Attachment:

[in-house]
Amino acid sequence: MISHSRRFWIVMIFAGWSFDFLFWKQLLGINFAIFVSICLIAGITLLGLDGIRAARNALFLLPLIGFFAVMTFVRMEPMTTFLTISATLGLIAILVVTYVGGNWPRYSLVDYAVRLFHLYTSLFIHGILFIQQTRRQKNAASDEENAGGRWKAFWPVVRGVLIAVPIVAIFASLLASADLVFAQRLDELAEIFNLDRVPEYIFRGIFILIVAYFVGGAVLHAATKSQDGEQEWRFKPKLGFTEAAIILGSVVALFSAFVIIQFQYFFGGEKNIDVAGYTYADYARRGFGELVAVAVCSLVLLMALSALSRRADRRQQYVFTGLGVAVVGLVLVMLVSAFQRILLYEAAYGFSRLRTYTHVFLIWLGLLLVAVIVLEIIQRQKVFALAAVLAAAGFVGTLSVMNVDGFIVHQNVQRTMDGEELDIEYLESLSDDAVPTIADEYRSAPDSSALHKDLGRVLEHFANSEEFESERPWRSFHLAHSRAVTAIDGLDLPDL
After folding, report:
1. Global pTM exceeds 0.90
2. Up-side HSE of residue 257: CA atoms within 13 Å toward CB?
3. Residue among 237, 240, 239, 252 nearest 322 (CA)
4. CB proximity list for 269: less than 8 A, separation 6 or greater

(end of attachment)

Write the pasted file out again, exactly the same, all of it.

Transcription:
[in-house]
Amino acid sequence: MISHSRRFWIVMIFAGWSFDFLFWKQLLGINFAIFVSICLIAGITLLGLDGIRAARNALFLLPLIGFFAVMTFVRMEPMTTFLTISATLGLIAILVVTYVGGNWPRYSLVDYAVRLFHLYTSLFIHGILFIQQTRRQKNAASDEENAGGRWKAFWPVVRGVLIAVPIVAIFASLLASADLVFAQRLDELAEIFNLDRVPEYIFRGIFILIVAYFVGGAVLHAATKSQDGEQEWRFKPKLGFTEAAIILGSVVALFSAFVIIQFQYFFGGEKNIDVAGYTYADYARRGFGELVAVAVCSLVLLMALSALSRRADRRQQYVFTGLGVAVVGLVLVMLVSAFQRILLYEAAYGFSRLRTYTHVFLIWLGLLLVAVIVLEIIQRQKVFALAAVLAAAGFVGTLSVMNVDGFIVHQNVQRTMDGEELDIEYLESLSDDAVPTIADEYRSAPDSSALHKDLGRVLEHFANSEEFESERPWRSFHLAHSRAVTAIDGLDLPDL
After folding, report:
1. Global pTM exceeds 0.90
2. Up-side HSE of residue 257: CA atoms within 13 Å toward CB?
3. Residue among 237, 240, 239, 252 nearest 322 (CA)
4. CB proximity list for 269: less than 8 A, separation 6 or greater